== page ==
When I was a kid, I was taught that a lady had to watch what she said. If she was irritated or stumped her toe, there was a definite limit on available words to express her vexation. Even the innocuous darn was forbidden in my house. Often, if that word slipped out, you were reminded that the word meant repairing holes in socks.
Most of the young people in this day and time probably would have no idea how to go about darning socks. To be completely honest, I don’t know much about the process either. There was a glass or wooden
darning egg that the mender inserted in the sock and then with darning needle and thread repaired the hole. If people lacked a real darning egg, they might have made do with a lightbulb or a ceramic doorknob. Amazingly enough, you can find how-to videos about darning socks out on the web. Not that I’m going to take up darning. I’m too busy “darning” all the “threads” of my story together. So I just buy new socks and keep the economy rolling.
That’s Mom and me back in the fifties. (You can see I was already a dog lover then.) Mom’s favorite vexation
word was always “fiddlesticks” or sometimes just “fiddle.” My daughter
told me last week that she finds herself saying fiddle now and in the
process remembers Mom. That got me wondering about the word and in the process of wondering I discovered a lot I didn’t know about fiddlesticks.
See the guys in the photo. They’re playing fiddlesticks. Fiddlesticks are traditional instruments used to add percussion to old-time and Cajun fiddle music, allowing two persons to play the fiddle at the same time.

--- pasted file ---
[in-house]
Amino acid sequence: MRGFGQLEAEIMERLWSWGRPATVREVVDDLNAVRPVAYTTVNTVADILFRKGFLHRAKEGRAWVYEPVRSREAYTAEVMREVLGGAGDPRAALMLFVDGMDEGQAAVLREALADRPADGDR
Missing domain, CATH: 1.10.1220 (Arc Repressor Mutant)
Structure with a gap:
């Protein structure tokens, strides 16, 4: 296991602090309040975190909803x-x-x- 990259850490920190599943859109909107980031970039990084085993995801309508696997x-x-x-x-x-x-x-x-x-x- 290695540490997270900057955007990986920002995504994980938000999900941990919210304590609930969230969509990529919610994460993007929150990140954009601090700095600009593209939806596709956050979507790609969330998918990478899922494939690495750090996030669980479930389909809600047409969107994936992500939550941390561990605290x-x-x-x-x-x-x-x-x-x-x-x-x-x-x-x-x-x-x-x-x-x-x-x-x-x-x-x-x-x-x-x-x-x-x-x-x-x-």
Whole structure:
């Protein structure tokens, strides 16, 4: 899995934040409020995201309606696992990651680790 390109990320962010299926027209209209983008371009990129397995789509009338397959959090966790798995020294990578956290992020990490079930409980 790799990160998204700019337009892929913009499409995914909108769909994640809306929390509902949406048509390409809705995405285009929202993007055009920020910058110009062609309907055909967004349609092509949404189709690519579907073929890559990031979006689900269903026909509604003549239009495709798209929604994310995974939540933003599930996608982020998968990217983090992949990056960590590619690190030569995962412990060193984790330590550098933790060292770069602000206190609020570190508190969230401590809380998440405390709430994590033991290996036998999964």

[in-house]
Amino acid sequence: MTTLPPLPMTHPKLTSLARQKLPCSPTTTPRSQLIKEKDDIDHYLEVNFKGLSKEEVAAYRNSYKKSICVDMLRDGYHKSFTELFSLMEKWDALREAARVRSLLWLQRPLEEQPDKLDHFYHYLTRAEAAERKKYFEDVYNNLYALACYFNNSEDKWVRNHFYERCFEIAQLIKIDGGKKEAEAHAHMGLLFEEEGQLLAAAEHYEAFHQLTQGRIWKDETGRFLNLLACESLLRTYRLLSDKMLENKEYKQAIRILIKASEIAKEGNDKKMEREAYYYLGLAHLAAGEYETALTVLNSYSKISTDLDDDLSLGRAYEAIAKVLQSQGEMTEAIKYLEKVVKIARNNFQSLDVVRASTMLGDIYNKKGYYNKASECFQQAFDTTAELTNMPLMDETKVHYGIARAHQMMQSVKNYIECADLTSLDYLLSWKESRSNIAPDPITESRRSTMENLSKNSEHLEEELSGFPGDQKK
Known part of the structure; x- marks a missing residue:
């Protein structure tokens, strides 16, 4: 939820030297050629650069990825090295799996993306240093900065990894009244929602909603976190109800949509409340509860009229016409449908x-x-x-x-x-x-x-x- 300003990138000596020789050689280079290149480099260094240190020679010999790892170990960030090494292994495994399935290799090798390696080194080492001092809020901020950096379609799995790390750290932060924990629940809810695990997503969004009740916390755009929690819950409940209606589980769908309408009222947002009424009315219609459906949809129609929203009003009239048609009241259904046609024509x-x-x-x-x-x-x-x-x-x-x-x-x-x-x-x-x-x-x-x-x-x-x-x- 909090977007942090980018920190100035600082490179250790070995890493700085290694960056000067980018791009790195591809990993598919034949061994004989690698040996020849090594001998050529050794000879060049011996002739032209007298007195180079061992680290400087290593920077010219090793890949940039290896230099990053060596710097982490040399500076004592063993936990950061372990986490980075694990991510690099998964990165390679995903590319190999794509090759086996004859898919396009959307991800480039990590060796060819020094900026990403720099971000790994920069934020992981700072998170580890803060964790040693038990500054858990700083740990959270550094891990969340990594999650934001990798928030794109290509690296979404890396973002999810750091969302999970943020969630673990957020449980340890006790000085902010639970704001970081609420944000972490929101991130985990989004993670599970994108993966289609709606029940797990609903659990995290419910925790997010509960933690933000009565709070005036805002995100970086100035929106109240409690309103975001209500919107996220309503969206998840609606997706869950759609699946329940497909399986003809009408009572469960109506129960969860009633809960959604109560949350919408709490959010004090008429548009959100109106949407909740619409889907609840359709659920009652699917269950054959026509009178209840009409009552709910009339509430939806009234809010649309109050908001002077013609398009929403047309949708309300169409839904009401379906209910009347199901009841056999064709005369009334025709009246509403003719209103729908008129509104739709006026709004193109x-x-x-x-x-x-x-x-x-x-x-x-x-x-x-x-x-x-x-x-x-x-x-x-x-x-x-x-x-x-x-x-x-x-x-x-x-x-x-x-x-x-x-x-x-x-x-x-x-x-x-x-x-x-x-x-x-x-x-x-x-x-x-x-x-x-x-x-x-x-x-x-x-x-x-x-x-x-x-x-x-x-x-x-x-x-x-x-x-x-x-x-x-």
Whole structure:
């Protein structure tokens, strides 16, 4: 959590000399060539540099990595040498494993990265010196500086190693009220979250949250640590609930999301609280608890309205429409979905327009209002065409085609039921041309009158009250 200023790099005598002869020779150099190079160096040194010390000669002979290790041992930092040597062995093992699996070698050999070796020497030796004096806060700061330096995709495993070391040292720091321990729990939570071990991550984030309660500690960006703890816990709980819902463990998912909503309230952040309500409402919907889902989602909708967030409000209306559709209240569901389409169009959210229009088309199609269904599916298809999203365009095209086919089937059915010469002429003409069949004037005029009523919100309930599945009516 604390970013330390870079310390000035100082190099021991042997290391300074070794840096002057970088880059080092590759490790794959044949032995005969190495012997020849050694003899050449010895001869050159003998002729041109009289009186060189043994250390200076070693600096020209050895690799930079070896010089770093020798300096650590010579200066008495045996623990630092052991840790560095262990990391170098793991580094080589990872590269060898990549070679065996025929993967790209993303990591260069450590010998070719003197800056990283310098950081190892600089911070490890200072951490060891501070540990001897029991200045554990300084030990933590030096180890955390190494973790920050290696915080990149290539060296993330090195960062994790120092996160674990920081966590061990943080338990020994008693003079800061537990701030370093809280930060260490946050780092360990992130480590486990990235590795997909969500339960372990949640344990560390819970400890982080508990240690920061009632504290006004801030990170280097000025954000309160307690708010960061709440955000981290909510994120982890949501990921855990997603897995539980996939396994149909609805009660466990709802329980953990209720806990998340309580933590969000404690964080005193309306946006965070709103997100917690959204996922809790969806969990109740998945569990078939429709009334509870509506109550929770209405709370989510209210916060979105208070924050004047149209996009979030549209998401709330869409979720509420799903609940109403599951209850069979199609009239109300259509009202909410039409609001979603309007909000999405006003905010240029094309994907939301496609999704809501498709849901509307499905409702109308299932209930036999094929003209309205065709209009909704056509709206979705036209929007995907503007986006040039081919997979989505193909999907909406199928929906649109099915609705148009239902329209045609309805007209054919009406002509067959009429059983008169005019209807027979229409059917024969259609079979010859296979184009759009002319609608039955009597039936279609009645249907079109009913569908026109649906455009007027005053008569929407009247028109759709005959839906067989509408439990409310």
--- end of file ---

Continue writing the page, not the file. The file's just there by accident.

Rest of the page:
While the fiddler plays with his bow, a second person uses a pair
of straws, sticks, or knitting needles to tap out a rhythm on the strings over the upper fingerboard (between the bow and the fiddler’s fingering hand). This is also called “beating the straws” or “playing the straws.” Nobody knows for sure where this
technique originated, but some think it probably arose in the eastern United States. The technique has become rarer over time as the music has changed, but numerous examples have been recorded. (Info from Wikipedia)
Obviously my mother’s use of the word to express irritation and the odd way of helping a fiddle player’s music sound different aren’t the only ways fiddlesticks is used. A lot of stores and restaurants are named Fiddlesticks. There’s a country club in New York and a town in Florida. And from the images I pulled up on the internet there is a video game where Fiddlesticks is a creepy character.
Another word I heard sometimes when I was a kid, used mainly by a neighbor who loved to visit and talk away the afternoon, was thunder and thunderation. Tommy was good at telling stories and sometimes laughing at himself in those stories, but when something went sour it was always “thunderation.” So I went out on the web to check out that word. An outdoor steel roller coaster that opened at Silver Dollar City in Bransom, Missouri in 1993 is named Thunderation. My neighbor’s use of the word pre-dated that by a long time. But here’s a photo of the roller coaster.
But even more interesting is that Thunderation is a scouts’ camp song. Now it’s mostly the Girl Scouts who claim the song, but I think in the beginning it may have been any scout’s or guide’s song. Here are the lyrics.
“Thunder, thunder, thunderation.
We are the (Scout/guide) Association.
When we work with determination
We create a sensation.”
Sounded as if there might have been some feet stomping to make the thunderation. Link to Girl Scouts singing Thunderation.